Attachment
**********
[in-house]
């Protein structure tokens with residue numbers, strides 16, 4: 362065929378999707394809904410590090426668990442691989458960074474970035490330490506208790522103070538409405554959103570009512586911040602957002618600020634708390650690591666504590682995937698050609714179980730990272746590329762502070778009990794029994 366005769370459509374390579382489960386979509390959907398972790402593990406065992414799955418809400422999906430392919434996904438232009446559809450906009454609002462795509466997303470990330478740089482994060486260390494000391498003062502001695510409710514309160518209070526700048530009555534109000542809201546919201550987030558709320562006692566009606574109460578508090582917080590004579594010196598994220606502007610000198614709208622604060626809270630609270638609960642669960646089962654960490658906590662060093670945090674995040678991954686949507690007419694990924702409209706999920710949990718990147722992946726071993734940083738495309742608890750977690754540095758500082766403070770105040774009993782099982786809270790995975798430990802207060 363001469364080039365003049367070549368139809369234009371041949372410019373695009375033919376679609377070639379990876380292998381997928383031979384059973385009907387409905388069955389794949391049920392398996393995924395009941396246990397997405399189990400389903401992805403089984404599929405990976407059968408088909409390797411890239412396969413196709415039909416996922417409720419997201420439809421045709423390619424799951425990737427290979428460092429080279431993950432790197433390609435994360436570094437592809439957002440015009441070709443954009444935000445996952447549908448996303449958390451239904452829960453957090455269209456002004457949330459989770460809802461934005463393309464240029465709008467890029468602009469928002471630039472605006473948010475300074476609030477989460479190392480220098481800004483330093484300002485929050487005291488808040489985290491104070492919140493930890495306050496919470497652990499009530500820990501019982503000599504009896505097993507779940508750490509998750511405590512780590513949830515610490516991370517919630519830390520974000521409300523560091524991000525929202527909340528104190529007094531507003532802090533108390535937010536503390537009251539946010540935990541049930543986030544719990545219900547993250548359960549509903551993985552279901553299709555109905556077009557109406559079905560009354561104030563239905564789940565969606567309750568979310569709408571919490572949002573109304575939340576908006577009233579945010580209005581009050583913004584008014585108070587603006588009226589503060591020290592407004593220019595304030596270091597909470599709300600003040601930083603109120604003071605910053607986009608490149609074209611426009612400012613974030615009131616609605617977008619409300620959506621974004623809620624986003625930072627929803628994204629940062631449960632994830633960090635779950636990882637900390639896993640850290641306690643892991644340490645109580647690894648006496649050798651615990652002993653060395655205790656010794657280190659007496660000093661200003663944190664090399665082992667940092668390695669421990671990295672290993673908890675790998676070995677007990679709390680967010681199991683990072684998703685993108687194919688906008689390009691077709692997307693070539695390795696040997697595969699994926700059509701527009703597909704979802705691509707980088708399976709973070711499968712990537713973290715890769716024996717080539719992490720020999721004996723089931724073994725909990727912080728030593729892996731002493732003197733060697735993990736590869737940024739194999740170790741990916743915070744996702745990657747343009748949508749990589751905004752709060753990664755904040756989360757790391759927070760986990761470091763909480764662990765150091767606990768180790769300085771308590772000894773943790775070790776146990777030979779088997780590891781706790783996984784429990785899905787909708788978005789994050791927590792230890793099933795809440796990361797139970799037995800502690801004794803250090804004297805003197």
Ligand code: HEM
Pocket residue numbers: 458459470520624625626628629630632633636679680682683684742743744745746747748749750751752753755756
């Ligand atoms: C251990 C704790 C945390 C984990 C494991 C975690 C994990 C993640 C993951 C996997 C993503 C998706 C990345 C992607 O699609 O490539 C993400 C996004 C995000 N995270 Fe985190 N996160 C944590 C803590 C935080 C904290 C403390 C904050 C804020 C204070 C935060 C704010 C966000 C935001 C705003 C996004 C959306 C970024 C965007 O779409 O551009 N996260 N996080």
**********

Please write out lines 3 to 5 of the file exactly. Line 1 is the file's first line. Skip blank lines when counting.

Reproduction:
Ligand code: HEM
Pocket residue numbers: 458459470520624625626628629630632633636679680682683684742743744745746747748749750751752753755756
């Ligand atoms: C251990 C704790 C945390 C984990 C494991 C975690 C994990 C993640 C993951 C996997 C993503 C998706 C990345 C992607 O699609 O490539 C993400 C996004 C995000 N995270 Fe985190 N996160 C944590 C803590 C935080 C904290 C403390 C904050 C804020 C204070 C935060 C704010 C966000 C935001 C705003 C996004 C959306 C970024 C965007 O779409 O551009 N996260 N996080």